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“Downloading music electronically...[is] going to be an enormous revenue stream within two or three years, when we really get traction.”
TEN QUESTIONS FOR DOUG MORRIS
Winner Talks to Loser, As Music Biz Giant Stoops to Speak with Roy Trakin

They’re called Universal for a reason. Universal Music Group’s Q4 release schedule is nothing short of history-making in breadth and depth. And amid the group’s many upcoming platinum-artist releases is something for everyone: rock from Bon Jovi, U2 (greatest hits), Nirvana (retrospective with previously unreleased "You Know You're Right"), Three Doors Down and Sum 41; hip-hop from Eminem (8 Mile), Jay-Z, Ja Rule and DMX; R&B from Dru Hill, Ashanti (remixes) and the Isley Brothers; country from crossover queen Shania Twain and pop from Mariah Carey and Now 11.

And those are just a few highlights. Before the end of the year, the world’s largest music group—currently sporting record marketshare of 30.6%—will release nearly three dozen albums from established artists who have previously sold 300k or better. And that’s not counting developing artists and soundtracks. UMG also has four of the top five 2002 albums to date, which so far have been good for more than 14.5 million OTC sales among them: Eminem’s The Eminem Show, Nelly’s Nellyville, Ashanti’s Ashanti and the O Brother ST.

“The labels have done a fantastic job not only coordinating schedules but setting these records up,” UMVD chief Jim Urie enthuses. “We’re also benefiting from the artist development work we’ve done all year. Puddle of Mudd, New Found Glory, Jimmy Eat World and Hoobastank are carrying over from the first three quarters and are now paying off. It’s all coming together at the right time.”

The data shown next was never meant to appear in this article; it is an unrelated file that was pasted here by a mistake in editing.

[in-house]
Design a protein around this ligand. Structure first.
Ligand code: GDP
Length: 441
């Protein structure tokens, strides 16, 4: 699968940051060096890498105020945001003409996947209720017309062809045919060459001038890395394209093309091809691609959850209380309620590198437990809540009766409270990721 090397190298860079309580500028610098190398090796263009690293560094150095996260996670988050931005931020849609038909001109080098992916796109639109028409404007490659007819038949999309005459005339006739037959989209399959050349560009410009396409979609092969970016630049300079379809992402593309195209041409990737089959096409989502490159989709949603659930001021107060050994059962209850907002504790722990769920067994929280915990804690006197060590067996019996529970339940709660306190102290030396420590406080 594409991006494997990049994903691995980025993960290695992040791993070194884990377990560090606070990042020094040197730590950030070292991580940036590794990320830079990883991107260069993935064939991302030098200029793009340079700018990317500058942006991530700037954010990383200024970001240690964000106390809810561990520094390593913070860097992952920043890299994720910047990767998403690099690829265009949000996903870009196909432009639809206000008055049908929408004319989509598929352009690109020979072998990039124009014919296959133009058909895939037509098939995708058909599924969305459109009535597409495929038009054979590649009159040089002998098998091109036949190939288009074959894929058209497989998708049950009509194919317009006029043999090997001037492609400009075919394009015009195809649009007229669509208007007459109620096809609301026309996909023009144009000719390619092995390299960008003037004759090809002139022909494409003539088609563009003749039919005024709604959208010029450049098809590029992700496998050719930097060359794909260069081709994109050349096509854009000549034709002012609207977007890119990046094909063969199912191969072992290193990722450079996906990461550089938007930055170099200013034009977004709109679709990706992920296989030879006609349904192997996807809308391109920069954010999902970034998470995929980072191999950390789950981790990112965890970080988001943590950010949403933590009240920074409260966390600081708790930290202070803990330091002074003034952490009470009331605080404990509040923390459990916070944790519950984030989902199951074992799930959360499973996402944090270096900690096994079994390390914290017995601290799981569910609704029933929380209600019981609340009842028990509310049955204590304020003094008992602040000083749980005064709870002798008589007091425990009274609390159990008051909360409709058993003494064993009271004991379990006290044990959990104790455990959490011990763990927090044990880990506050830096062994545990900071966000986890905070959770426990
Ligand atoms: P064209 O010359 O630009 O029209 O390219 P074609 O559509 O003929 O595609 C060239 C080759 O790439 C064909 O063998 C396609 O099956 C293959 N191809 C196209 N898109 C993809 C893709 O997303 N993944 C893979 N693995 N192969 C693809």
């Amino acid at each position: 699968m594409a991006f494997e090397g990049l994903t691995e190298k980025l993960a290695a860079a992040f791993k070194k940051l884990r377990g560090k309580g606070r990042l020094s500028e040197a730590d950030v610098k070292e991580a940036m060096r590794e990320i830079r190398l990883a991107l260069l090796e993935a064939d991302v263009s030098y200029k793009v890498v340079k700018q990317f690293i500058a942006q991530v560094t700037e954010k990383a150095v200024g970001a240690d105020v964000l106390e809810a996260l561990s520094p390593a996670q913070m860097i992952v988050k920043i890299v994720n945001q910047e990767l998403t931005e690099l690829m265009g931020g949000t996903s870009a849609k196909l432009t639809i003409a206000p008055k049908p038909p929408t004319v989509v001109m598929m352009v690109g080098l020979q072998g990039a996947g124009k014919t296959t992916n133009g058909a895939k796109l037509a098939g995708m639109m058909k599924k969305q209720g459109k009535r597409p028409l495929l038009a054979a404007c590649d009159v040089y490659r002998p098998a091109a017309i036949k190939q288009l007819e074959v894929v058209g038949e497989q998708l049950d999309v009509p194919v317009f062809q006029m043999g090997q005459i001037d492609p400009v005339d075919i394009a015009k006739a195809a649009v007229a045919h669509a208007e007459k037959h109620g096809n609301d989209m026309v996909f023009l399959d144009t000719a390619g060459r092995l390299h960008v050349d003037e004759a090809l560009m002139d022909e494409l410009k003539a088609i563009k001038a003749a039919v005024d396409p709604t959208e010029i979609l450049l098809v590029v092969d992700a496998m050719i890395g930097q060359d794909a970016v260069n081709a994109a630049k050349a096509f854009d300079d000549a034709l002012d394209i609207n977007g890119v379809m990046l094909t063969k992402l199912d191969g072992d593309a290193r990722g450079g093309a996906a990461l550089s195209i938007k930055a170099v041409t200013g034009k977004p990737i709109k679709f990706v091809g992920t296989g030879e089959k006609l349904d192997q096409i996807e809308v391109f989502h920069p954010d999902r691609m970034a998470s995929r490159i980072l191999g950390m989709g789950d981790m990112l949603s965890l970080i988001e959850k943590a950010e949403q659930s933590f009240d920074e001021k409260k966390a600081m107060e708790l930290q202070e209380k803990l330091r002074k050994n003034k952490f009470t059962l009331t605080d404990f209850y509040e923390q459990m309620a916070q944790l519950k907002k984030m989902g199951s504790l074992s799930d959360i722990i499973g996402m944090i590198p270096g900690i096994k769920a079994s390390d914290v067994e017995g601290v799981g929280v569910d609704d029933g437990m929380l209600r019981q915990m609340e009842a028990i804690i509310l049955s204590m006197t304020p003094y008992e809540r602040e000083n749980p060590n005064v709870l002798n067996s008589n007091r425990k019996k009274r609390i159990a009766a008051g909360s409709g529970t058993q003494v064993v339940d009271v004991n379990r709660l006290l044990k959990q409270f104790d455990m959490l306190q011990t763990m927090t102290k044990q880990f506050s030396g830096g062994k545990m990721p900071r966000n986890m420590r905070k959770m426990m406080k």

And now, a few words from the man who, since Seagram's acquisition of PolyGram, has presided over the creation and increasing success of the largest music enterprise on the planet. Here's HITS' own lunchroom market (and sandwich) analyst Roy "Vey" Trakin with the pitch:

UMG remains red-hot, with 30% marketshare and a record-shattering $1 billion EBITDA. To what do you attribute that success?
I attribute our success to the executives who run our various divisions. Because of their talent, we have the greatest fourth quarter we’ve had coming up—I actually think we’re going to increase our marketshare.

Is it good for the business to have a single music group dominating the landscape like UMG? Consolidation hasn’t exactly been the best thing to happen to the radio industry.
The difference is we built this company gradually, over eight years—we didn’t just buy it. Actually, when we first acquired PolyGram, our marketshare was around 20%

You’ve repeatedly given credit to your executive team for the company’s success.
There’s a certain vibe that runs through our company; it’s about being thoughtful, reasonable and treating people well. This is a place where the artist comes first. What we’ve done is put incredible entrepreneurial people in charge of helping artists’ careers and given them the autonomy to do so.

Much like Steve Ross’ WEA, where you spent many years.